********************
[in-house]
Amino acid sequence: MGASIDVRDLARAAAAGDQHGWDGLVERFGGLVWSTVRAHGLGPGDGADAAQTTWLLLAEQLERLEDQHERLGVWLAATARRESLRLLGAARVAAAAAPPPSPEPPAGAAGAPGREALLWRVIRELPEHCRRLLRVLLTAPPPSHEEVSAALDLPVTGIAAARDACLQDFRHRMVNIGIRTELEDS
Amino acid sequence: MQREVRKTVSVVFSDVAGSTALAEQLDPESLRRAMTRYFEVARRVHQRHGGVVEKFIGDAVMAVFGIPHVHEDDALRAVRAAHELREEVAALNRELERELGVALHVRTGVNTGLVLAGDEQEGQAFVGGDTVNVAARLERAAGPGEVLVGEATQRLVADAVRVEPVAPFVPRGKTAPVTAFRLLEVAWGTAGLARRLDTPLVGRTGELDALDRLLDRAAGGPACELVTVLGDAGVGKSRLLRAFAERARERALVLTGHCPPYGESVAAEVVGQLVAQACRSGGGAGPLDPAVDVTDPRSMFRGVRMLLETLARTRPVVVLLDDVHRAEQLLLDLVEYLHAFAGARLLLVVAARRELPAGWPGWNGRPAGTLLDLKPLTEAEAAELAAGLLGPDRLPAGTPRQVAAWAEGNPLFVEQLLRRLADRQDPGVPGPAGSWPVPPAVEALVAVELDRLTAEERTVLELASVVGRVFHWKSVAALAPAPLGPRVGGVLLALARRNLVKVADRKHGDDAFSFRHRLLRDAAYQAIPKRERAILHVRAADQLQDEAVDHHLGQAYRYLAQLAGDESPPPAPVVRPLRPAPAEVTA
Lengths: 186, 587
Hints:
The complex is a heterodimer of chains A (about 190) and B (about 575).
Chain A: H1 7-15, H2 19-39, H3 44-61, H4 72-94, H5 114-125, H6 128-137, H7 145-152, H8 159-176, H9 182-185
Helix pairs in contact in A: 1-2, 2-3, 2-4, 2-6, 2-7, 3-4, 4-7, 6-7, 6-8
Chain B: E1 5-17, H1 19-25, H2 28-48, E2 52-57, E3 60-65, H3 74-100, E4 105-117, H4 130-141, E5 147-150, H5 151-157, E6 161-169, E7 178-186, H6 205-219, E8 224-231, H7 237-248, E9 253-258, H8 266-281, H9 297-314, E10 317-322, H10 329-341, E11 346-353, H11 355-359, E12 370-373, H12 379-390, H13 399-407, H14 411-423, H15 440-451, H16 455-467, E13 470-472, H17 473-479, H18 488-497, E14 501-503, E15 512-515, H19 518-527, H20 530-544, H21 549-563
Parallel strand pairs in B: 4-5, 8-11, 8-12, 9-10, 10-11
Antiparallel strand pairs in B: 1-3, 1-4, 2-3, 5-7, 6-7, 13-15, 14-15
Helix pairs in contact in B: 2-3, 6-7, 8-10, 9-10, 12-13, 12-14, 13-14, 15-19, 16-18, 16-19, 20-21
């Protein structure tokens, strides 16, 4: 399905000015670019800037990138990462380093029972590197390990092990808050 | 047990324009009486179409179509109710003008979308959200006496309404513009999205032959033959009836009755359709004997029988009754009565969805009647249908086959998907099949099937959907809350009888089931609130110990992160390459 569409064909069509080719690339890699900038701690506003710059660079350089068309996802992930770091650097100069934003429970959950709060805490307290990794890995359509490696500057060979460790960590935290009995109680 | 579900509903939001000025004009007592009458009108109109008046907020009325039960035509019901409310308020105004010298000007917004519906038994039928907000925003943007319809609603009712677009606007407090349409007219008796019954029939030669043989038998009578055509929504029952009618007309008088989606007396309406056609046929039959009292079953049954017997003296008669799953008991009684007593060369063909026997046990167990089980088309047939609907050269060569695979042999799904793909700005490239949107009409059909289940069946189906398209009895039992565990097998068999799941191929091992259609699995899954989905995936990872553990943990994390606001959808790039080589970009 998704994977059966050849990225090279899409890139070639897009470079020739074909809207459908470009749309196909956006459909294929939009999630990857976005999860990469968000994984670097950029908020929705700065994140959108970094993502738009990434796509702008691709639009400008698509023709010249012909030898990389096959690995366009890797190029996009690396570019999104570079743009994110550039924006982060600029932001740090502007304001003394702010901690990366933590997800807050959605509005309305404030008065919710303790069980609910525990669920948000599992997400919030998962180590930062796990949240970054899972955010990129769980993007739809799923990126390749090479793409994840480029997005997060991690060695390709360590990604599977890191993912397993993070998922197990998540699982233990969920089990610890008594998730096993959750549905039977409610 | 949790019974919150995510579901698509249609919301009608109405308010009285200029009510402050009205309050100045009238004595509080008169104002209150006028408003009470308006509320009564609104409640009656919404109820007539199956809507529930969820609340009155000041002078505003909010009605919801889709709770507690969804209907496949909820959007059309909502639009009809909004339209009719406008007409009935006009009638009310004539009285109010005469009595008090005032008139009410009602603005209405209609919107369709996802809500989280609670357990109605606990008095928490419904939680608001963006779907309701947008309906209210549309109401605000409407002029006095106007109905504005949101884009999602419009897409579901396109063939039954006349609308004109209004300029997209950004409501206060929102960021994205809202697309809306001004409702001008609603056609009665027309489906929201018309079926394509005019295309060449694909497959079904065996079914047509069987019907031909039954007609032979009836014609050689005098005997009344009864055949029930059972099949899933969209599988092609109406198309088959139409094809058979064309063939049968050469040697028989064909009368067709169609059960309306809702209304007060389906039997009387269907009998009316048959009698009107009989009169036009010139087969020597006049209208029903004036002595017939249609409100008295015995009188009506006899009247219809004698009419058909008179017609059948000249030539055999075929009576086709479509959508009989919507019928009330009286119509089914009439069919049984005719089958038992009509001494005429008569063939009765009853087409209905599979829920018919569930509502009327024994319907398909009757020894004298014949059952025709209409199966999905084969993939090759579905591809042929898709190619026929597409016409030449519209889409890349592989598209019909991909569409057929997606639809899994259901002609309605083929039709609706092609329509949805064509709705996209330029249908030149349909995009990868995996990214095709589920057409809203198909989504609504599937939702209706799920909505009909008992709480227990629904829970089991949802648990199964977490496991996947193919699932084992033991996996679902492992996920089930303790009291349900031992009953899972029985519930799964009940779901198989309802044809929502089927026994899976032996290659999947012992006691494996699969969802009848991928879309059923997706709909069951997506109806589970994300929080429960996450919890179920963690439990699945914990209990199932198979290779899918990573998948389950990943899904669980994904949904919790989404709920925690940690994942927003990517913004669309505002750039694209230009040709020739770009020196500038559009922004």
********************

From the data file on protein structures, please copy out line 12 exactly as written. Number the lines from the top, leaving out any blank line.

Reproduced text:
Helix pairs in contact in B: 2-3, 6-7, 8-10, 9-10, 12-13, 12-14, 13-14, 15-19, 16-18, 16-19, 20-21